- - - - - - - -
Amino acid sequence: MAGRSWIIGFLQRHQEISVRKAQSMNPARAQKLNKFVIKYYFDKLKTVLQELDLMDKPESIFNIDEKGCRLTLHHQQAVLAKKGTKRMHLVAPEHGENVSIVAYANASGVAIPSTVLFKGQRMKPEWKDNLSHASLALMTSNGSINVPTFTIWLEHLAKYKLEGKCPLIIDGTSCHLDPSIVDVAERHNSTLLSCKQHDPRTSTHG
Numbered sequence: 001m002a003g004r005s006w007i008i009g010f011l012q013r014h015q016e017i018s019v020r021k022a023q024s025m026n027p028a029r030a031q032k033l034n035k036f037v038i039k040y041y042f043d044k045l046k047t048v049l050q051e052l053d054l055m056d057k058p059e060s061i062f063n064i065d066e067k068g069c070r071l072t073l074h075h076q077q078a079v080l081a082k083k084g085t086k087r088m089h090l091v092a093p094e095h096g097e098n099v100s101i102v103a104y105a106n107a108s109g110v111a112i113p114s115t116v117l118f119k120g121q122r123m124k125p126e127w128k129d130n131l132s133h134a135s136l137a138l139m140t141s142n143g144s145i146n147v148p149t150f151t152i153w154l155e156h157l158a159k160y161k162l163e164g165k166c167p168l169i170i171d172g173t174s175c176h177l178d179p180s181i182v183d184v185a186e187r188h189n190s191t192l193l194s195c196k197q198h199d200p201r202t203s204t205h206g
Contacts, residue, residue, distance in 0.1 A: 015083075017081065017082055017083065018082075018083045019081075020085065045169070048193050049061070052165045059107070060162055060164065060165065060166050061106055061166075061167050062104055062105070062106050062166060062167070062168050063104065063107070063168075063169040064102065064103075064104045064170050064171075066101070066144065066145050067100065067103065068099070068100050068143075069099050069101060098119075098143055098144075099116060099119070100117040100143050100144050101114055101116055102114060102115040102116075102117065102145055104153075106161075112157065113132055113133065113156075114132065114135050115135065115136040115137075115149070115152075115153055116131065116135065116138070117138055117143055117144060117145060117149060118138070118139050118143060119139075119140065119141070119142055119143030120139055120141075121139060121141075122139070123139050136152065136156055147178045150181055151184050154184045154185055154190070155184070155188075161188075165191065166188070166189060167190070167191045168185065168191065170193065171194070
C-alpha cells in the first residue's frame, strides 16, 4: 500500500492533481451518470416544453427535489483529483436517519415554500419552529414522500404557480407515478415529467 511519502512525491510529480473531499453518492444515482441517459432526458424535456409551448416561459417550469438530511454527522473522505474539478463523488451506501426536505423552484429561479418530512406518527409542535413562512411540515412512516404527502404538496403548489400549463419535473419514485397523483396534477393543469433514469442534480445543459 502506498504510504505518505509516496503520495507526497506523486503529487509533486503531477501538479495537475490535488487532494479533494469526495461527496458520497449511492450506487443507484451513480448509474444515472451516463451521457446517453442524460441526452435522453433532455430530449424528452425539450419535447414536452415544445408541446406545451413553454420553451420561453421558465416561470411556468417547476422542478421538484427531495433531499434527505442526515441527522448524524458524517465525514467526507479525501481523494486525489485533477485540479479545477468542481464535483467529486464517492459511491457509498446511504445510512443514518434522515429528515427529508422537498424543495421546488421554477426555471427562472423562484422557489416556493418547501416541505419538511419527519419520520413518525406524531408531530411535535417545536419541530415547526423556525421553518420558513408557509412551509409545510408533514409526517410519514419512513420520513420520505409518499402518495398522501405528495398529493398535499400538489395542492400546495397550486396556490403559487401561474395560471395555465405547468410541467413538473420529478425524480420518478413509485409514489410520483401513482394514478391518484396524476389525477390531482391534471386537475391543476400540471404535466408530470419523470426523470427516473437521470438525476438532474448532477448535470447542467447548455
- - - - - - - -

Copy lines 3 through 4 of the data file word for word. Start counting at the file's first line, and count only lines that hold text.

Contacts, residue, residue, distance in 0.1 A: 015083075017081065017082055017083065018082075018083045019081075020085065045169070048193050049061070052165045059107070060162055060164065060165065060166050061106055061166075061167050062104055062105070062106050062166060062167070062168050063104065063107070063168075063169040064102065064103075064104045064170050064171075066101070066144065066145050067100065067103065068099070068100050068143075069099050069101060098119075098143055098144075099116060099119070100117040100143050100144050101114055101116055102114060102115040102116075102117065102145055104153075106161075112157065113132055113133065113156075114132065114135050115135065115136040115137075115149070115152075115153055116131065116135065116138070117138055117143055117144060117145060117149060118138070118139050118143060119139075119140065119141070119142055119143030120139055120141075121139060121141075122139070123139050136152065136156055147178045150181055151184050154184045154185055154190070155184070155188075161188075165191065166188070166189060167190070167191045168185065168191065170193065171194070
C-alpha cells in the first residue's frame, strides 16, 4: 500500500492533481451518470416544453427535489483529483436517519415554500419552529414522500404557480407515478415529467 511519502512525491510529480473531499453518492444515482441517459432526458424535456409551448416561459417550469438530511454527522473522505474539478463523488451506501426536505423552484429561479418530512406518527409542535413562512411540515412512516404527502404538496403548489400549463419535473419514485397523483396534477393543469433514469442534480445543459 502506498504510504505518505509516496503520495507526497506523486503529487509533486503531477501538479495537475490535488487532494479533494469526495461527496458520497449511492450506487443507484451513480448509474444515472451516463451521457446517453442524460441526452435522453433532455430530449424528452425539450419535447414536452415544445408541446406545451413553454420553451420561453421558465416561470411556468417547476422542478421538484427531495433531499434527505442526515441527522448524524458524517465525514467526507479525501481523494486525489485533477485540479479545477468542481464535483467529486464517492459511491457509498446511504445510512443514518434522515429528515427529508422537498424543495421546488421554477426555471427562472423562484422557489416556493418547501416541505419538511419527519419520520413518525406524531408531530411535535417545536419541530415547526423556525421553518420558513408557509412551509409545510408533514409526517410519514419512513420520513420520505409518499402518495398522501405528495398529493398535499400538489395542492400546495397550486396556490403559487401561474395560471395555465405547468410541467413538473420529478425524480420518478413509485409514489410520483401513482394514478391518484396524476389525477390531482391534471386537475391543476400540471404535466408530470419523470426523470427516473437521470438525476438532474448532477448535470447542467447548455